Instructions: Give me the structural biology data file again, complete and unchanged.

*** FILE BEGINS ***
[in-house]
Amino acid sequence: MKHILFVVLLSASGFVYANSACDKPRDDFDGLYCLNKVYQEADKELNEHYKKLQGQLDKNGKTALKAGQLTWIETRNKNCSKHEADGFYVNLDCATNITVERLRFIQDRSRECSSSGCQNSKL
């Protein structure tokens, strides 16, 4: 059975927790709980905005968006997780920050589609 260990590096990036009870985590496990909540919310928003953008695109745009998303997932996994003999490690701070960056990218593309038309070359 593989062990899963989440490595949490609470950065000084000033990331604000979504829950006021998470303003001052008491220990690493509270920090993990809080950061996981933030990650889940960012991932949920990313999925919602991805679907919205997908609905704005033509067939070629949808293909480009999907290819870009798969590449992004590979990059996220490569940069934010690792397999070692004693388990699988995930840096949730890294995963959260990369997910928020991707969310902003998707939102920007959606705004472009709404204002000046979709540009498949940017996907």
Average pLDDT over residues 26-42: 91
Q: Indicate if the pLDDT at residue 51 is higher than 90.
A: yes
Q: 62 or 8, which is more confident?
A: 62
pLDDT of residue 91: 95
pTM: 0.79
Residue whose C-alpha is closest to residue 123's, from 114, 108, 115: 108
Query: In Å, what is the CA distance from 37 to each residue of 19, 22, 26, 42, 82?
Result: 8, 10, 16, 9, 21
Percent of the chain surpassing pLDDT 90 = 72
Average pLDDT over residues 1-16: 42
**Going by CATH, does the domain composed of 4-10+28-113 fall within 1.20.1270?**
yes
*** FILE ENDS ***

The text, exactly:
[in-house]
Amino acid sequence: MKHILFVVLLSASGFVYANSACDKPRDDFDGLYCLNKVYQEADKELNEHYKKLQGQLDKNGKTALKAGQLTWIETRNKNCSKHEADGFYVNLDCATNITVERLRFIQDRSRECSSSGCQNSKL
């Protein structure tokens, strides 16, 4: 059975927790709980905005968006997780920050589609 260990590096990036009870985590496990909540919310928003953008695109745009998303997932996994003999490690701070960056990218593309038309070359 593989062990899963989440490595949490609470950065000084000033990331604000979504829950006021998470303003001052008491220990690493509270920090993990809080950061996981933030990650889940960012991932949920990313999925919602991805679907919205997908609905704005033509067939070629949808293909480009999907290819870009798969590449992004590979990059996220490569940069934010690792397999070692004693388990699988995930840096949730890294995963959260990369997910928020991707969310902003998707939102920007959606705004472009709404204002000046979709540009498949940017996907």
Average pLDDT over residues 26-42: 91
Q: Indicate if the pLDDT at residue 51 is higher than 90.
A: yes
Q: 62 or 8, which is more confident?
A: 62
pLDDT of residue 91: 95
pTM: 0.79
Residue whose C-alpha is closest to residue 123's, from 114, 108, 115: 108
Query: In Å, what is the CA distance from 37 to each residue of 19, 22, 26, 42, 82?
Result: 8, 10, 16, 9, 21
Percent of the chain surpassing pLDDT 90 = 72
Average pLDDT over residues 1-16: 42
**Going by CATH, does the domain composed of 4-10+28-113 fall within 1.20.1270?**
yes